Seeking Pseudotrillium rivale forma reticulatum

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Jeddeloh
Title: Member
Joined: 2010-05-02
Seeking Pseudotrillium rivale forma reticulatum

Hi,
I know this is a major long shot but I'd love to get my hot little hands on a piece of rhizome or even seed of a heavily silver veined form of Pseudotrillium (Trillium) rivale. I know someone who has managed to tissue culture trilliums so you can see where I'm going with this..... If you've got this baby and are overseas seed is no problem-I have a seed import permit.

I have (if it hasn't drowned) Pseudotrillium rivale "Purple Heart" or Trillium kurabayashii seed (not ripe yet) to trade. I can also most likely scare up some Trillium ovatum seed later this summer.

Jan Jeddeloh in Portland, Oregon where it looks like we're going to have another (third year in a row) lousy wet summer.

Mark McD
Title: Moderator
Joined: 2009-12-14

Hi Jan, at risk of diverting attention to your question, but focus instead on the root of the taxonomy, I'm curious about the use of "Pseudotrillium rivale" versus Trillium rivale.  The Flora of North America uses Trillium rivale (no recognition of this new-fangled Pseudotrillium), and The Plant List gives a 3-star confidence level for Trillium rivale and cites Pseudotrillium as a synonym.  Where does the Pseudotrillium name come from, when the presiding taxonomic references don't recognize it?

Judging from this wikipedia entry, it was a proposed separation in 2002, but it doesn't seem to be adopting by the major taxonomic references even to this date.

Mark McDonough
Massachusetts, USA, near the New Hampshire border USDA Zone 5
antennaria at aol.com
 

Tim Ingram
Title: Member
Joined: 2011-04-27

Mark - definitely with you on that! it seems an odd and foolish name to give to a plant which is so obviously a Trillium. Does nothing to clarify things.

Jan - in the UK Kevin Hughes is one of the most respected and knowlegeable growers of trilliums and showed some amazing silver veined forms at a talk to us a year or two back. He must collect seed from his plants. (Kevin Hughes Plants - see 'The Plantfinder').

Dr. Timothy John Ingram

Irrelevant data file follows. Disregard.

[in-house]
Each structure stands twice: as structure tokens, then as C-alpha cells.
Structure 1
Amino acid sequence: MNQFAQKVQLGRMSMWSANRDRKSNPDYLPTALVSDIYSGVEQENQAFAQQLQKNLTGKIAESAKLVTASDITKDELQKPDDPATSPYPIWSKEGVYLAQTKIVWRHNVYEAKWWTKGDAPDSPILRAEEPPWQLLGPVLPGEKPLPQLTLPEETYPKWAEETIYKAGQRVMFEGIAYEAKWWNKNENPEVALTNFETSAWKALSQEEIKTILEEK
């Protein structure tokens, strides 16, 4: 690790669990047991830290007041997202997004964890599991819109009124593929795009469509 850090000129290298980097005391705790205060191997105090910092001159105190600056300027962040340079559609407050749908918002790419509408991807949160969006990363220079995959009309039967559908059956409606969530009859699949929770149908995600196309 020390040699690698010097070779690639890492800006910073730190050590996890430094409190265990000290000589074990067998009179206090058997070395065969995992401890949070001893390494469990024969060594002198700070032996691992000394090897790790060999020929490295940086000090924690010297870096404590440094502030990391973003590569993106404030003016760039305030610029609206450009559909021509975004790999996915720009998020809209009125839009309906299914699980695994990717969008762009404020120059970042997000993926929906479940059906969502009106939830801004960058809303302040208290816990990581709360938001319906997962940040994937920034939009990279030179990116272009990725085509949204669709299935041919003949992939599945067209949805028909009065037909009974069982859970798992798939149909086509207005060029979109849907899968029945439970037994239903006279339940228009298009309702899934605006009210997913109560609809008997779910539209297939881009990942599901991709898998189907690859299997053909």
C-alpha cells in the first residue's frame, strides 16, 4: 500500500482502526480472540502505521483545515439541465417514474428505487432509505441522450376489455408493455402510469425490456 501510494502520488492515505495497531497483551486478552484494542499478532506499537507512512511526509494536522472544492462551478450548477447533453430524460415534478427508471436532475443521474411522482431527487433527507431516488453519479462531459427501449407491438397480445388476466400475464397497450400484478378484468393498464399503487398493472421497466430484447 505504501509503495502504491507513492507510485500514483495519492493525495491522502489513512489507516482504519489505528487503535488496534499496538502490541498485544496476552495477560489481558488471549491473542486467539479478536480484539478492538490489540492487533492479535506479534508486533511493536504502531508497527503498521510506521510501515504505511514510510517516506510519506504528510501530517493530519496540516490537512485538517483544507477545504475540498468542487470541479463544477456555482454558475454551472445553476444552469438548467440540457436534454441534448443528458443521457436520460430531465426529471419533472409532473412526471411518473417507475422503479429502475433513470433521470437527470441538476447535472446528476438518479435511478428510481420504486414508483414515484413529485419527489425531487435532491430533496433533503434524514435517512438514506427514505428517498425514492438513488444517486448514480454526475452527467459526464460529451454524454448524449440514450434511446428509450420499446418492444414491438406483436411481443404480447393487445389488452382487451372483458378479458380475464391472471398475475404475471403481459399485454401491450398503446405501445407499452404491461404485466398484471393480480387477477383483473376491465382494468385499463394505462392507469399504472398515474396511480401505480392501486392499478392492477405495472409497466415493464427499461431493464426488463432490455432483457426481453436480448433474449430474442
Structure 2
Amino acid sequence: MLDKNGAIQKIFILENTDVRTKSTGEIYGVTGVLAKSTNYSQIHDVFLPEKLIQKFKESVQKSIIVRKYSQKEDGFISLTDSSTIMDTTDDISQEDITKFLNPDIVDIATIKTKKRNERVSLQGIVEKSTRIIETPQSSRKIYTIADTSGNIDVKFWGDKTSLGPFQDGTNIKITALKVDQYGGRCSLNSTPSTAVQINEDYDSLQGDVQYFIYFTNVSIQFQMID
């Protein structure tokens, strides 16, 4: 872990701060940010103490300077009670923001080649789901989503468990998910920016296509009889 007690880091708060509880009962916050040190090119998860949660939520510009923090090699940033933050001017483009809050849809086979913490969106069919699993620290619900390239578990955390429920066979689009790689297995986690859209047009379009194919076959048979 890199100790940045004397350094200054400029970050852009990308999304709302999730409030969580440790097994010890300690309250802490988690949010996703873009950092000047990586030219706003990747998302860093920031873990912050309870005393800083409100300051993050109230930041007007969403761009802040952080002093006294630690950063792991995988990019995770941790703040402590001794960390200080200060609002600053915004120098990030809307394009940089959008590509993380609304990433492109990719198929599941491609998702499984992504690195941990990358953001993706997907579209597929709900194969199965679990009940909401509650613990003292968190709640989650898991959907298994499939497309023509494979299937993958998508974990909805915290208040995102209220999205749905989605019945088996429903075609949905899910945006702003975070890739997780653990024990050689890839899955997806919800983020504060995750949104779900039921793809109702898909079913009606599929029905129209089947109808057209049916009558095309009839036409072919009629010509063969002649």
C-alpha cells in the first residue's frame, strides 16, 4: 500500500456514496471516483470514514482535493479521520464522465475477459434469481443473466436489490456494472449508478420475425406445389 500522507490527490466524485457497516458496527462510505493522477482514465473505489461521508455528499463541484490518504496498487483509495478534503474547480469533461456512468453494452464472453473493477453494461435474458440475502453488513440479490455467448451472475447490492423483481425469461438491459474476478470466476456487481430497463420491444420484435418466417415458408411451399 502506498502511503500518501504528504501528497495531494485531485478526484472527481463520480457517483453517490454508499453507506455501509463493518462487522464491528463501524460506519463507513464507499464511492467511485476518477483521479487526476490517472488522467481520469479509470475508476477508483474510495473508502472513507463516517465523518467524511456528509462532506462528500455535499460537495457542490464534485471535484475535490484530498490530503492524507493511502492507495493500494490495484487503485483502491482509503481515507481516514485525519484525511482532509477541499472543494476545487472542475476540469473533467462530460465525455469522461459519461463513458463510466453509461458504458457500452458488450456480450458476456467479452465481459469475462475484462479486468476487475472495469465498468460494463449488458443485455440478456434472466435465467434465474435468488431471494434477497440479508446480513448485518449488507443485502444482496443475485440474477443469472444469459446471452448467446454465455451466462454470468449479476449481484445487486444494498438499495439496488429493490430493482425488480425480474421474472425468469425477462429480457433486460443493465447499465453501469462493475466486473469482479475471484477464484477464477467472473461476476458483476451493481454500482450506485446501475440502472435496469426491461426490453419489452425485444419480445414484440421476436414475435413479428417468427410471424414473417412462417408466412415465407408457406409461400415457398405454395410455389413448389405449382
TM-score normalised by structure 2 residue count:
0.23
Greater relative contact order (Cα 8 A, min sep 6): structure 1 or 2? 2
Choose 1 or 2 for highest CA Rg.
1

Faversham, Kent, UK
I garden in a relatively hot and dry region (for the UK!), with an annual rainfall of around 25", winter lows of -10°C and summer highs of 30°C.
 

Jeddeloh
Title: Member
Joined: 2010-05-02

Actually, I debated which name to use for my request and decided on Pseudotrillium because that's what the NARGS seed exchange lists it under.  Really, go look for yourself.  I was afraid if I posted my request under Trillium rivale I'd get a bunch of posts, "This plant is now considered Pseudotrillium rivale........" implying I really ought to keep up with current nomenclature!

This is another case where the splitting is done based on genetic analysis (shades of dodecatheon anyone?).  The best quickie explanation and link to sources is in this article: http://www.botanicalgarden.ubc.ca/potd/2008/05/pseudotrillium_rivale.php

I'm not one who is inclined to get my knickers in twist over nomenclature one way or the other.  I like to grow and admire pretty plants no matter what they're called. I'd rather just garden......

Thank you Tim for you suggestion of Kevin Hughes Plants.  It can't hurt to shoot him a email.  He may be able to tell me if he was able to develop a true breeding strain of heavily veined plants. 

Claire Cockcroft has generously offered me a seedling with quite a lot of silver venation on her next trip to Portland. 

Jan

Jan Jeddeloh, Portland, Oregon, USA, Zone 8.  Rainy winters (40 inches or 1 meter) and pleasant dry summers which don't start until July most years!

Tim Ingram
Title: Member
Joined: 2011-04-27

Good luck in your quest Jan. As someone who has loved science all my life and also gardening there is a bit of a dilemma about name changes. I suppose each needs to be considered on its own merits. But gardening wins out for me - it's much more difficult to 'see' genome sequences, and frustrating when talking to other gardeners!

Dr. Timothy John Ingram
Faversham, Kent, UK
I garden in a relatively hot and dry region (for the UK!), with an annual rainfall of around 25", winter lows of -10°C and summer highs of 30°C.
 

Mark McD
Title: Moderator
Joined: 2009-12-14

Tim wrote:

Mark - definitely with you on that! it seems an odd and foolish name to give to a plant which is so obviously a Trillium. Does nothing to clarify things.

I just tend to defer to the governing flora, such as Flora of North America for North American Trillium.  Although that said, I still refuse to agree with the bizarre lumping of Lewisia tweedyi into the genus Cistanthe, when that genus is mostly a conglomeration of former Calyptridium (Spraguea) and a couple of Calandrinia thrown in.

Mark McDonough
Massachusetts, USA, near the New Hampshire border USDA Zone 5
antennaria at aol.com
 

Lori S.
Title: Moderator
Joined: 2009-10-27

Jan wrote:

Actually, I debated which name to use for my request and decided on Pseudotrillium because that's what the NARGS seed exchange lists it under.  Really, go look for yourself.  I was afraid if I posted my request under Trillium rivale I'd get a bunch of posts, "This plant is now considered Pseudotrillium rivale........" implying I really ought to keep up with current nomenclature!

Just can't win sometimes, Jan!  :D  (Damned nomenclature anyway!!)  I'm glad you've found a lead on what you're looking for.

Lori
Calgary, Alberta, Canada - Zone 3
-30 C to +30 C (rarely!); elevation ~1130m; annual precipitation ~40 cm

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